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The ideal mixture, combined with a driver trained to maximize smoothness at a calculated pace, could literally double the racing fuel economy (and halve the pit stops). The Corvettes were regularly achieving as much as 7-1/2 mpg while winning.
THIRD YEAR S A CHARM

Top: Baker Racings number 4 car on the starting grid for the Escort 24-hour race at Mid Ohio. The 944 Porsche Turbo is lurking right behind, hoping to out-drag the Corvette. Middle: In this 1987 race, Baker Racings cars number 4 and 5 lead a bevy of Corvettes sandwiching a lone 944 Porsche Turbo. Bottom: Baker Racings number 4 takes the flag to win the 1987 24-hour race at Mosport in Ontario.

When it was time for the 1987 racing season, our 1988 chassis was almost in production, so the new chassis changes that would benefit racing Corvettes were introduced. These changes included a modified rear suspension and big brakes on all of the cars. Late in the season, we also introduced the sixspeed ZF manual transmission that was being developed for the 1989 Corvette and the ZR-1. The 1987 season developed much as SCCA had planned it. Porsche was very competitive, and took most of the pole positions. Nissan showed up at a couple of races with what looked like a very competitive car once it was developed, but it never went anywhere. Mazda never showed. Porsche typically fielded three cars with a team of internationally respected endurance drivers. They had every chance to make it into the winners circle but, with crashes, mechanical failures, and the extreme competitiveness among the Corvette racers, this was not to be. In the end, twelve great races from 3 hours to 24 hours in length were all won by Corvettes, and Kim Baker, with his number 3 and 4 Corvettes, won the series and clinched the manufacturing championship for Corvette. SCCA must have been bombarded with complaints from the racers in the other classes, about being overrun by the Porsches and Corvettes, and never having even a chance at the overall win. It was not unusual for competing Corvettes and Porsches to blow by on each side of a competitor from a different class. So for 1988, both cars were kicked out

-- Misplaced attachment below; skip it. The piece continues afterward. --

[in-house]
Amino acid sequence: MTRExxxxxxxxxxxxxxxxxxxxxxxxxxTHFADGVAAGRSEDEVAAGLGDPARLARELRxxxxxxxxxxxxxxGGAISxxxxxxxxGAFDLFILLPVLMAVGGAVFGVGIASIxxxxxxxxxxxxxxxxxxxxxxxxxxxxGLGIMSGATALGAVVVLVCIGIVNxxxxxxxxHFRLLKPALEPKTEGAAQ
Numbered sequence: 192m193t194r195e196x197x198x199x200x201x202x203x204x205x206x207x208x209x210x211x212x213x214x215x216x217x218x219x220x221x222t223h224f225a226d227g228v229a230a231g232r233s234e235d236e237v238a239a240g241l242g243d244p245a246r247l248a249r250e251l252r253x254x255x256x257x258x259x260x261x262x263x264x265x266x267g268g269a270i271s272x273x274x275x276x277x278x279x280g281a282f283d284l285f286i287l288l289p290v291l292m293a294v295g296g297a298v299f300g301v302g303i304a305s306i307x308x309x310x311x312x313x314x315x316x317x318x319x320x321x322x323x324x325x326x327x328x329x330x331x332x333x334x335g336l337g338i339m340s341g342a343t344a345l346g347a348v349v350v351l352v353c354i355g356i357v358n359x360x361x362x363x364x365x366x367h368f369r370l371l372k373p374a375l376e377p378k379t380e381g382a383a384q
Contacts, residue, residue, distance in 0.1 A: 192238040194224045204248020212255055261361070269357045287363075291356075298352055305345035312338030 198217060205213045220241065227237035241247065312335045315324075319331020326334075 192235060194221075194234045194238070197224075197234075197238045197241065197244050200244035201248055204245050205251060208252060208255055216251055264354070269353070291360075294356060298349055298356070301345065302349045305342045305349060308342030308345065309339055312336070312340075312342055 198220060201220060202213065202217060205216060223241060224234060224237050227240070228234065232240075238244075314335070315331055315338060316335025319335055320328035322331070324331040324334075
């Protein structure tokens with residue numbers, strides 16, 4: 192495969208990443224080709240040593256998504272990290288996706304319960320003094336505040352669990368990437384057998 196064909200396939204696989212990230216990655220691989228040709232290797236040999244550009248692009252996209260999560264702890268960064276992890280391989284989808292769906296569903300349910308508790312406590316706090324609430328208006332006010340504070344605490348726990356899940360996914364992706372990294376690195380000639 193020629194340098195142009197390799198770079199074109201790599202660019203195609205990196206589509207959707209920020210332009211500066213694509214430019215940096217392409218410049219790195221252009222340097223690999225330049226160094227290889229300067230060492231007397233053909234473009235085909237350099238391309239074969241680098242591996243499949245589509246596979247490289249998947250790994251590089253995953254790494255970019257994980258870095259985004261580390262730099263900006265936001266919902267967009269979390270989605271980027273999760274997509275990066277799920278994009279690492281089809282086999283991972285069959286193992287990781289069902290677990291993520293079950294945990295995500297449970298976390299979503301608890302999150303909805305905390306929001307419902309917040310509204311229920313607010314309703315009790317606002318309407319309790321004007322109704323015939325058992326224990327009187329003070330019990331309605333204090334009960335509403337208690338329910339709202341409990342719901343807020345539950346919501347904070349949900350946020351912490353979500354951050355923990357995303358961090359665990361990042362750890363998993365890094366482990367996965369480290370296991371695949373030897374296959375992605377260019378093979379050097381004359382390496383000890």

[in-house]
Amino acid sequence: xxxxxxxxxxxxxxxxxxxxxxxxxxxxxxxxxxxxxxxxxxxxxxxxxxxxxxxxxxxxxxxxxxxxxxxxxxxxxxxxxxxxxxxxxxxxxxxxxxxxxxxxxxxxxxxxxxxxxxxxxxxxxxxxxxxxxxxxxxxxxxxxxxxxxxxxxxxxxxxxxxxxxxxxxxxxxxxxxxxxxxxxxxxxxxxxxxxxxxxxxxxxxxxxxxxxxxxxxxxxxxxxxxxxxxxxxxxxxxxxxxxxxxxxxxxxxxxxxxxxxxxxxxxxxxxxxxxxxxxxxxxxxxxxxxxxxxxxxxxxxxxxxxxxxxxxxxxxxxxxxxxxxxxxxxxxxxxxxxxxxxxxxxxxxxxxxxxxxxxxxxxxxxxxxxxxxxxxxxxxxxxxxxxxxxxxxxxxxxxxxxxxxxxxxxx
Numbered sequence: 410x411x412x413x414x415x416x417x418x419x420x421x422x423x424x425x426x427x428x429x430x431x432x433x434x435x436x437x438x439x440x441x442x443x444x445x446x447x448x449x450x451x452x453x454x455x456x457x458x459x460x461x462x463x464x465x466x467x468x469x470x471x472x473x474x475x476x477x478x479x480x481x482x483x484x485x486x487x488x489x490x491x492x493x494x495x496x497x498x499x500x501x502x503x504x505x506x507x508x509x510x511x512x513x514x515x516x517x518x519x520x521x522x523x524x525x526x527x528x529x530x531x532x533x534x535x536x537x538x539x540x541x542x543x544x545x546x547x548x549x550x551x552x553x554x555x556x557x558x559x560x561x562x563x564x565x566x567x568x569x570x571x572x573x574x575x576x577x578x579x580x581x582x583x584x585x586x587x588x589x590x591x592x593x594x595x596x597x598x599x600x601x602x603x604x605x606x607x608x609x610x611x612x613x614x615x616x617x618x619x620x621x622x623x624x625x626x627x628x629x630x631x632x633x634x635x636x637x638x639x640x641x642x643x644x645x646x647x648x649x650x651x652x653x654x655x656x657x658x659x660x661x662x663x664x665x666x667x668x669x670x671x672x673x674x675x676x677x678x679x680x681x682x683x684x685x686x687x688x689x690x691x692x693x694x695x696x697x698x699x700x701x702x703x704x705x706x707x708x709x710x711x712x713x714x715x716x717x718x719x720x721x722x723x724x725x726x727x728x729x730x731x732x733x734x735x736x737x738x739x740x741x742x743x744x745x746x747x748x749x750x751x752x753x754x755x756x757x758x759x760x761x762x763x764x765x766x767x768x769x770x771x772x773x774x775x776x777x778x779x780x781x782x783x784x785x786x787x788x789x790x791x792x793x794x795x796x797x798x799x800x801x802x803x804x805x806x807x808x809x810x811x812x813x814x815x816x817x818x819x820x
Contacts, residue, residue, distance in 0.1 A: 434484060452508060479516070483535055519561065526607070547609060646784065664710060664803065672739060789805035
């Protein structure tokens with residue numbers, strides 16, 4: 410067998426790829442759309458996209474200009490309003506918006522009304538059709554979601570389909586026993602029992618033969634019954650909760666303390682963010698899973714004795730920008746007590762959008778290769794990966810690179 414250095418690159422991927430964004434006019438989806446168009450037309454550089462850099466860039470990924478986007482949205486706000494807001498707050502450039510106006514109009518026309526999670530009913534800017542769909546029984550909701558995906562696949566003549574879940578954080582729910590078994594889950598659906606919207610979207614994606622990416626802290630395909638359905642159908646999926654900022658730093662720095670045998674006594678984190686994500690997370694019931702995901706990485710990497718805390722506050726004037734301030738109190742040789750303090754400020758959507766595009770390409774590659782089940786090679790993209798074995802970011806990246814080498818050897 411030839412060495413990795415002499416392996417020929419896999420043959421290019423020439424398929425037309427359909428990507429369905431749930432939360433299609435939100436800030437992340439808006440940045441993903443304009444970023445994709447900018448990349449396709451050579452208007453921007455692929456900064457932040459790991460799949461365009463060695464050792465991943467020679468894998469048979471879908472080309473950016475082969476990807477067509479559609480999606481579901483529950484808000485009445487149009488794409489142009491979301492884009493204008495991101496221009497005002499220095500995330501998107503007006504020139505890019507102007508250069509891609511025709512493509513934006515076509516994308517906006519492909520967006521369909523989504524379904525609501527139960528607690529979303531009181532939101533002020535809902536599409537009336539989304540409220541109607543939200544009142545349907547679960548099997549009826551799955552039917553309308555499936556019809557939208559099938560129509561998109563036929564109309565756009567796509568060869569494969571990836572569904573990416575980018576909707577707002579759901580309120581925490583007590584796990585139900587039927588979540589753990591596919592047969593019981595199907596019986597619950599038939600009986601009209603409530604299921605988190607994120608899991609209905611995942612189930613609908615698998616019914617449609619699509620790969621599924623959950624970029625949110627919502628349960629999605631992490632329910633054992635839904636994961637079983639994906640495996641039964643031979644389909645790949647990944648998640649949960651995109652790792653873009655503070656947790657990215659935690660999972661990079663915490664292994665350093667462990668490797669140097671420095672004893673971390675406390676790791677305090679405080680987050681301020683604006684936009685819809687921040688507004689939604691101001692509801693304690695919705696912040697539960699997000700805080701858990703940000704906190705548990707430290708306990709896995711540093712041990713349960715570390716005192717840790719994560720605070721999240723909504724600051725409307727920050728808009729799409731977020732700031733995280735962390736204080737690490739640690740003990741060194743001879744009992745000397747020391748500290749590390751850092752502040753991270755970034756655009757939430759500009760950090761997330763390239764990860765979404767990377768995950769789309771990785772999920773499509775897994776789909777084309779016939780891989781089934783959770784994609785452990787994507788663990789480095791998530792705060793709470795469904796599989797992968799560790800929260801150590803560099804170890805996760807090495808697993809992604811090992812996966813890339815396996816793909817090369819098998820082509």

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of the series. Corvette was out for winning all the time, and Porsche was barred because the 944 Turbo was still so much faster than any of the other cars that they would have dominated the series without the Corvettes. Needless to say, the series lost much of its interest that year. Meanwhile, with the momentum we had built up with the cars and racing teams, we went off to play on our own for the next two years, in what became known as the Corvette Challenge.
THE CORVETTE CHALLENGE

The Corvette Challenge was the dream of John Powell, who had run one of the Corvette teams in the SCCA Showroom Stock Series. These races, held in conjunction with a major SCCA Trans Am event, were one-hour, no-holds-barred, sprint races which typically fielded 15 to 20 Corvettes which were, essentially, identically prepared. These races produced some of the best wheel-to-wheel Corvette racing ever seen. Several of the automotive journalists who wrote for the major car magazines were also amateur race drivers and were part of the scene at the Showroom Stock endurance races, getting rides from competitors in various classes. We looked on this as an opportunity, and encouraged Corvette competitors who had a third car running to include the journalists among their drivers. This gave us the opportunity to train the journalists on anti-lock brakes in a racing environment, and also for the journalists to get a chance to experience driving Corvettes in the heat of battle. From this experience they got to know the carand usmuch better. The writers also gained first-hand knowledge of the cars robustness. The car could take pretty big hits before serious damage was done. Even
Twenty Corvette Challenge race cars line up for their one-hour race.

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damaged, the cars were often repairable and could be sent back out on the track to continue racing. By the mid 1980s, FM radio communication with the drivers was common, but data telemetry was still very unusual. We began by telemetering the digital instrument panel data from the car back to an instrument panel set up at trackside. From there, we went to telemetering more data as required. With a computer interface, we could watch the driver on the track to make sure the car stayed within rpm and temperature parameters. In this way, we could detect problems long before the driver could, and reccommend corrective action where possible. Relieved from having to watch the instruments, the driver could concentrate on racing. We also experimented with the G-Analyst electronic device to study the gravitational forces being generated. This helped the different drivers compare their performances. Drivers could profit from observing each others detailed performance, and learn how to go faster everywhere on the track. These five years of racing were incredibly important to Corvette. With the help of the teams and the drivers, including Tommy Morrison, Dick Gulstrand, Kim Baker, John Powell, and Doug Rippy, we took the Corvette from a 1984 car, that had potential but no pedigree, to a 1989 car that was world class as a production sports car and was capable of no-holdsbarred competition. We would next drop in the 400 hp LT5 engine and turn loose the pressand Corvette enthusiastsin the fastest production sports car on earth.